Some tax relief companies will charge you a fee to determine how much you owe the IRS, set up a payment plan or see if you qualify for an offer in compromise. But these and other things you can do yourself for free:
Find out whether you have a balance outstanding with the IRS and how much it is. You can get that (and up to 24 months of your payment history) at IRS.gov/account. Signing up takes about 15 minutes, and the IRS says you’ll only need to verify your identity once.
Get your tax records. The IRS provides five types of free tax transcripts that let you peek at its records on you. You can see most line items from your tax returns processed during the last three years, for example, or get basic data such as your marital status, how you paid and your adjusted gross income for the current tax year and for up to the last 10 years. (Note that a tax transcript isn’t the same as a copy of your tax return.)
Set up a payment plan with the IRS, as described above.
See if you qualify for an offer in compromise. You can use the IRS' online pre-qualifier tool to see if an offer in compromise might be for you. Remember, the tool is just the beginning of the journey — you'll still need to complete a formal application.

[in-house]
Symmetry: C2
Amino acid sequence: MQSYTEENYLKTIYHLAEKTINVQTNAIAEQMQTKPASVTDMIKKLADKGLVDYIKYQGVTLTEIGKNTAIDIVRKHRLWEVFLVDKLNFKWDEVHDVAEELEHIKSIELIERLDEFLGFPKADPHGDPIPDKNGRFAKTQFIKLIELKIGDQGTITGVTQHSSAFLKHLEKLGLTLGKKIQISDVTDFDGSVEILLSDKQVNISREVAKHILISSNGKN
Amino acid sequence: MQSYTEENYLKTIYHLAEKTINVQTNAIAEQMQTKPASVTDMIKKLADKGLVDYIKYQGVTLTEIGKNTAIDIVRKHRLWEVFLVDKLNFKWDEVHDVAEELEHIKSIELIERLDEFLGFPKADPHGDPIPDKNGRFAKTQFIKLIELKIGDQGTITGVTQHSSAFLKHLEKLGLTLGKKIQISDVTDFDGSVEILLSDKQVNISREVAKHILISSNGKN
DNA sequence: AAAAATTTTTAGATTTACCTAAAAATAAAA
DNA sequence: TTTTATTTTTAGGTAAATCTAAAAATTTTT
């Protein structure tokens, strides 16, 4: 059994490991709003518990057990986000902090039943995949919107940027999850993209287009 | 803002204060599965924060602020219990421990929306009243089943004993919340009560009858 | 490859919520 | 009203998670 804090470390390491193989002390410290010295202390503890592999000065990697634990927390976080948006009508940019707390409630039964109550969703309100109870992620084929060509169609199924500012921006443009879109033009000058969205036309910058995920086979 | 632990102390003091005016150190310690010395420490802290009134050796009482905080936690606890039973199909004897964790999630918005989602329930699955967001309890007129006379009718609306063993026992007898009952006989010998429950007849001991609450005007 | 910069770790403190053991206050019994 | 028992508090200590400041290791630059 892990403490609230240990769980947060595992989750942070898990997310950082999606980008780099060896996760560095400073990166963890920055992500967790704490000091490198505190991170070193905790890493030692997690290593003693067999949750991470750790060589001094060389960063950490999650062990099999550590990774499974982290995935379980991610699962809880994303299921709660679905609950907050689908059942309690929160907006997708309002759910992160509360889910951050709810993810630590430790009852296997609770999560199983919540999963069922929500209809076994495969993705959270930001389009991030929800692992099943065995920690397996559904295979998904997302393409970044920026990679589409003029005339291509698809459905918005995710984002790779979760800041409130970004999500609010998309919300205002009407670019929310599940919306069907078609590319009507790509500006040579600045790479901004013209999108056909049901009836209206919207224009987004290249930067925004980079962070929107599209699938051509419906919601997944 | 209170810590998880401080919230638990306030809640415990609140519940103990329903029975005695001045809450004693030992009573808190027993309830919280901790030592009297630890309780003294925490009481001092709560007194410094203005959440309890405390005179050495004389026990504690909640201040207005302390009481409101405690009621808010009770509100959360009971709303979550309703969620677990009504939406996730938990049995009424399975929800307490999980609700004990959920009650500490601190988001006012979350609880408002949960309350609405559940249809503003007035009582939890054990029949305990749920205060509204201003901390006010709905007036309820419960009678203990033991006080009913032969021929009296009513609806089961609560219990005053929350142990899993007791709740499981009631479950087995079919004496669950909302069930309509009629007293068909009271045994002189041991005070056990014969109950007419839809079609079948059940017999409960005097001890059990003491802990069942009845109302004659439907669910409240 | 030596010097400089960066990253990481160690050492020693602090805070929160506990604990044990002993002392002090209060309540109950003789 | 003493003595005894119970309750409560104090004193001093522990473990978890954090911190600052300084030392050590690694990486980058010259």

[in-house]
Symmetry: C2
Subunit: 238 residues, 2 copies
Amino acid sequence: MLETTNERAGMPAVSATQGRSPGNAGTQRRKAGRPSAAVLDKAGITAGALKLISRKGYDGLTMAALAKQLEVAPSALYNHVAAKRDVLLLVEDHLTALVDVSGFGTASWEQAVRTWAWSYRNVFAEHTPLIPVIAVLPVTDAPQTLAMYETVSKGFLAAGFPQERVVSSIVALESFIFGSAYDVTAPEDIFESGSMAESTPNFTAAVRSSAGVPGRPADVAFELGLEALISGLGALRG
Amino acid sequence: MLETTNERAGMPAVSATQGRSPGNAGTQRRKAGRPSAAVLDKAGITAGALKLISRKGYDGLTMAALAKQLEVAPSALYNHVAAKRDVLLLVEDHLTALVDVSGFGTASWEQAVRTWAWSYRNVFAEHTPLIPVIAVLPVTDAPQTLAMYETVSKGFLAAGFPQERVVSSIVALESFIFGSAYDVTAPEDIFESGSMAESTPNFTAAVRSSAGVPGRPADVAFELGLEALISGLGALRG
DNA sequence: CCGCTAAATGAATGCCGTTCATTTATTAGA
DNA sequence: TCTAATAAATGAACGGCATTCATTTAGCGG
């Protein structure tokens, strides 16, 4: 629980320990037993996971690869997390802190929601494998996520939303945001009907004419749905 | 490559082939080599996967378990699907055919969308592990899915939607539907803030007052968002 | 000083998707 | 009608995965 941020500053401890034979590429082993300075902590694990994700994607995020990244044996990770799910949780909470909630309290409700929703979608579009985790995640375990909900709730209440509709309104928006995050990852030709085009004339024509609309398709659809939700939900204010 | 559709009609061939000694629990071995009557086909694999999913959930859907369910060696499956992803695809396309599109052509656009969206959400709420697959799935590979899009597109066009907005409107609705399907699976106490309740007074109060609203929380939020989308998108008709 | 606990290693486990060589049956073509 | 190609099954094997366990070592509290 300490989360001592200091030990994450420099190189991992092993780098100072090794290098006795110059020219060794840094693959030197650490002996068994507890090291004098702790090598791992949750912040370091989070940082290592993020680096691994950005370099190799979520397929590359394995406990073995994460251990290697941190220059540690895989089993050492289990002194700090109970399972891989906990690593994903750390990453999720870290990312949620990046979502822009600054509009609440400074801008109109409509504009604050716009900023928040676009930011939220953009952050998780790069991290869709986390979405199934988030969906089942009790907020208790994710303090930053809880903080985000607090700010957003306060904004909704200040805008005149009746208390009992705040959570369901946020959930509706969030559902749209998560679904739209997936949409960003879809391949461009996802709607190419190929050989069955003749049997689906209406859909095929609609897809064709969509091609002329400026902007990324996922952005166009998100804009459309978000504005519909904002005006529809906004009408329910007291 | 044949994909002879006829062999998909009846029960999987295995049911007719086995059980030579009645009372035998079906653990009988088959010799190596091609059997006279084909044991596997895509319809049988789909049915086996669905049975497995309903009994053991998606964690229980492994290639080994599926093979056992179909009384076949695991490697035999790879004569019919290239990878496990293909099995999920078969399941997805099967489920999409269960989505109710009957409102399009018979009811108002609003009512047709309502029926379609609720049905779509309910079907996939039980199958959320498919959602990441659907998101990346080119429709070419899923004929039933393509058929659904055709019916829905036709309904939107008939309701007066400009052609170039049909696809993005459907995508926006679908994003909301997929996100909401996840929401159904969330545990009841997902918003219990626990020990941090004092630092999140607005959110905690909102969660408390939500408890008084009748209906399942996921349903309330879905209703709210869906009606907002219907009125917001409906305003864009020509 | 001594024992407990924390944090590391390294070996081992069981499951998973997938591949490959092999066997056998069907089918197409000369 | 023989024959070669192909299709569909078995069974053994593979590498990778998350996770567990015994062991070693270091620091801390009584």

Find a tax relief company that's best for you
We've weighed the pros and cons of some major players in the space.
How many years can you file back taxes?
You can file a tax return for any prior year, but the IRS typically requires taxpayers to file back tax returns for the last six years in order to avoid delinquency enforcement procedures. According to IRS policy, it takes managerial approval to go back more than six years.
How to file back taxes for multiple years
Here are three steps to follow:
Gather prior-year documents. You'll need tax documents for the year you're filing your tax return for (e.g., you'll need your W-2, 1099s or other documents from 2018 if you're filing your 2018 tax return). If you don't have those documents, you can request a tax transcript from the IRS for that year (here's how to do that). Although you won't get exact photocopies of the documents, you'll get the information contained in those documents, which is what you'll need to get your return done.